Public-Private Partnerships (P3) are contractual relationships between a public agency and a private sector entity. The public agency can be federal, state, or local, and the private party can be virtually any form of legal entity. Public-Public-Private Partnerships (P4) are contractual relationships between two public agencies and a private sector entity. P4 transactions are becoming much more common and oftentimes involve a state or federal agency working with a local municipality or county government, and both agencies working with a private entity.
A good example of a P4 is a critical load renewable energy microgrid project developed and implemented by Chevron USA’s energy services division at the Marine Corps Logistics Base (MCLB) in Albany, Georgia. In this case, the project was developed under the U.S. Department of Energy’s (DOE) Energy Savings Performance Contracting (ESPC) program with two federal agencies, DOE and the U.S. Department of Defense, and Dougherty County, Georgia.
In order to provide renewable fuel to a new onsite cogeneration system that served mission critical loads, Dougherty County entered into a methane off-take agreement with MCLB. Instead of flaring excess landfill-derived methane as they’d previously been doing, Dougherty County elected to reduce their greenhouse gas emissions by capturing and diverting the methane for a beneficial purpose that also served to create a new revenue stream for the County.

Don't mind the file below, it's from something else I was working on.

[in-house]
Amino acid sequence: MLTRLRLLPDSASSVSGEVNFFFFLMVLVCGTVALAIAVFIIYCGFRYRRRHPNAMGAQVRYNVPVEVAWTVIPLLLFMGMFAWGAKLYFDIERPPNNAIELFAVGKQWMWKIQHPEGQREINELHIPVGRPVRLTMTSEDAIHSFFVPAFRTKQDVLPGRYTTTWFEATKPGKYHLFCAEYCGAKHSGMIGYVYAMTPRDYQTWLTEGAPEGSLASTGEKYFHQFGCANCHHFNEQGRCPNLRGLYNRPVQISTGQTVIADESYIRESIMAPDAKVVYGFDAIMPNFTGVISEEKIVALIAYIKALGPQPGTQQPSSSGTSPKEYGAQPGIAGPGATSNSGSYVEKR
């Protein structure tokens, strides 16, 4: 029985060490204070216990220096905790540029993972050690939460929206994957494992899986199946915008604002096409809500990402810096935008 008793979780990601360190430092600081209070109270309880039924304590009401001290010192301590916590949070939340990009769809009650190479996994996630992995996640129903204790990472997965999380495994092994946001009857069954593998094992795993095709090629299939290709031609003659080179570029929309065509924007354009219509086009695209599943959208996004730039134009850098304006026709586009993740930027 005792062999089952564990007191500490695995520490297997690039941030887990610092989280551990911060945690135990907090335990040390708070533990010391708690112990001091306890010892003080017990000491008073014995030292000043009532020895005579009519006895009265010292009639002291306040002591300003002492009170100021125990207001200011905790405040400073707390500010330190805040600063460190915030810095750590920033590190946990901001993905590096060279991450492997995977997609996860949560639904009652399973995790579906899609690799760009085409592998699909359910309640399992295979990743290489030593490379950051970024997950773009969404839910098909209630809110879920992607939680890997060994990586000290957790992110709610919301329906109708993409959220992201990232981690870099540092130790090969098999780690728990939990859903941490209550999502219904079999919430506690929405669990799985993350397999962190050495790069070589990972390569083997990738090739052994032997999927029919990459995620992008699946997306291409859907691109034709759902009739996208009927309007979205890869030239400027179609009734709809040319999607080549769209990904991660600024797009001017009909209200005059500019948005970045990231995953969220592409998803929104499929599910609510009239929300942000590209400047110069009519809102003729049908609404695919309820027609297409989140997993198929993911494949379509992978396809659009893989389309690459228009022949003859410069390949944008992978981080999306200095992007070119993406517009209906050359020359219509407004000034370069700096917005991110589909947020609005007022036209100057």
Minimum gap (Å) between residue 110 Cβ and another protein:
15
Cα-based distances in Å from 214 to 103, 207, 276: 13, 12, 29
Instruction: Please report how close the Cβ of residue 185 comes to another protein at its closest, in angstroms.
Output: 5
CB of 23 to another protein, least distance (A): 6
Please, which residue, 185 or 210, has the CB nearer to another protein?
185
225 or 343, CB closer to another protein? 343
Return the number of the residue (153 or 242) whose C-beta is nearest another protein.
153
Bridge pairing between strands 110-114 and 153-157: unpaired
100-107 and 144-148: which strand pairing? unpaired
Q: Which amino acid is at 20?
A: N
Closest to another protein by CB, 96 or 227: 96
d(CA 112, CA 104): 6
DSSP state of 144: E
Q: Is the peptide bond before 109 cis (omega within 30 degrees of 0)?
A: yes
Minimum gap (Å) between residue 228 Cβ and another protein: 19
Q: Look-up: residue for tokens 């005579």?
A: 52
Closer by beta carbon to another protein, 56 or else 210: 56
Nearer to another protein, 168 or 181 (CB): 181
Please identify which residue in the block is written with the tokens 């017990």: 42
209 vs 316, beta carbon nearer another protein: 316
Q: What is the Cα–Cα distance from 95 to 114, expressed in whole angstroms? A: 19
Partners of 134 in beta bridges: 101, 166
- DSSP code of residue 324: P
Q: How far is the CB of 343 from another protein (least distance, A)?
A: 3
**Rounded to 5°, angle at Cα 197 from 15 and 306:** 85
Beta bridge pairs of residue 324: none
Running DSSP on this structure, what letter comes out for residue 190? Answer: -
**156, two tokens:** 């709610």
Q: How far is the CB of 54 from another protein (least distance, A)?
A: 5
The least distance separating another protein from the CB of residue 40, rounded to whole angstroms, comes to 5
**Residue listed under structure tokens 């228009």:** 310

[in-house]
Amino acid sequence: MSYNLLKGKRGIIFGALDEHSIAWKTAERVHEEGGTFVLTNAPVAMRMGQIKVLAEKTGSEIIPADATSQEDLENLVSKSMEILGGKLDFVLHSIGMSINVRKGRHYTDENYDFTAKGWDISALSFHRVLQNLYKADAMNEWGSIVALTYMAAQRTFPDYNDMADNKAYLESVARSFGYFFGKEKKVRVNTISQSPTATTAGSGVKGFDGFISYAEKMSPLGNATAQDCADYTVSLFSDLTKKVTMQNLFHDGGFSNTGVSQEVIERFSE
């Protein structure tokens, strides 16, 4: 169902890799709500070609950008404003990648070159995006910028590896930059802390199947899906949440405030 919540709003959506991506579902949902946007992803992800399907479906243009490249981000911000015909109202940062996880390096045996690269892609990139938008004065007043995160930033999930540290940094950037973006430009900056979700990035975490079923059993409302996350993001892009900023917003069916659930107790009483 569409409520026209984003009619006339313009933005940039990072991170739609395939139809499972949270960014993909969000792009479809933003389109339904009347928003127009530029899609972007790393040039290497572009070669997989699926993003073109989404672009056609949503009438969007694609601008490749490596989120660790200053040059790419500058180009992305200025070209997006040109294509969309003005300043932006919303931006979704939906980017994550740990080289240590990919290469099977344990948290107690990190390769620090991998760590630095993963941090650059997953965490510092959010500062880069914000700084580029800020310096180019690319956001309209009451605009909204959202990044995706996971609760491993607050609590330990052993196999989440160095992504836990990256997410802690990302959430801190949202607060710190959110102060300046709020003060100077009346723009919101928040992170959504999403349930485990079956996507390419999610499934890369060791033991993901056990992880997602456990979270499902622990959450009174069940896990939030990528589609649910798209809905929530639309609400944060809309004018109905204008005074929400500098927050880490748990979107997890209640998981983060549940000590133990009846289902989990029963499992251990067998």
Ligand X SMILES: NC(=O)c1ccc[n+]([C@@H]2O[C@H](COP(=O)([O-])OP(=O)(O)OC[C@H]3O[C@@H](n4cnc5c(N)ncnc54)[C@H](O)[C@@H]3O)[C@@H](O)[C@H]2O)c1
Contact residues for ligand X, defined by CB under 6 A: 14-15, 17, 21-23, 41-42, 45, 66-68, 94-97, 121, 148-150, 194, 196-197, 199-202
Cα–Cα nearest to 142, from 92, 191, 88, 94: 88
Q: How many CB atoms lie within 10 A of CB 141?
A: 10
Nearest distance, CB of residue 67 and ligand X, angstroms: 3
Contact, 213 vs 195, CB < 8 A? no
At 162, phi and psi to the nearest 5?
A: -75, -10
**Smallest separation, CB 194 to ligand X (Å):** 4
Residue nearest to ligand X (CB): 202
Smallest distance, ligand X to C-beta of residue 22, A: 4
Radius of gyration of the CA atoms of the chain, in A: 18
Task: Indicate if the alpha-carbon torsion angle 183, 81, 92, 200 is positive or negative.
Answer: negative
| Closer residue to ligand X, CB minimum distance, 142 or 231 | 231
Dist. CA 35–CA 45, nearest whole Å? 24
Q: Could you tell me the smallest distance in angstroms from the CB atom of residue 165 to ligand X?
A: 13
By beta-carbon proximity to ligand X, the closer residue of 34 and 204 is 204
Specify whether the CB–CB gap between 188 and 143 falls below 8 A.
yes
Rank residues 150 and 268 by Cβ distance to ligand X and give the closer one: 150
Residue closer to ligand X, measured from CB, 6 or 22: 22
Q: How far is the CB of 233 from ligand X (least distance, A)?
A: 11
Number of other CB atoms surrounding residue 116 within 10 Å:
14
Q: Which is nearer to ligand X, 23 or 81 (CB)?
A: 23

The benefits of the project were numerous: MCLB improved their level of energy resilience, funded their microgrid project with the cost savings it generated, and reduced their greenhouse gas footprint by reducing their volume of purchased electricity. Dougherty County created a new revenue stream and assisted one of its key constituents in implementing a mission critical project; and the world benefitted from a significant greenhouse gas reduction project. This P4 project surely created 4x benefit for the partnership.
The principals of PowerSurety have been deeply involved in developing, financing, implementing, and operating of P3- and P4-based energy infrastructure projects for over two decades and have a collective base of experience of over 65 years in structuring these types of projects.
With the advent of community microgrid projects and the intense focus public entities of all types have to reduce energy usage, improve energy resiliency, and reduce costs, P3s are rapidly becoming a preferred transactional structure due to their overall effectiveness and the high degree of flexibility they provide.
If you would like to learn more about Public-Private Partnerships or could use support with the transactional structuring or technical development of a P3 or P4 initiative, please connect with us and we’ll get to work for you.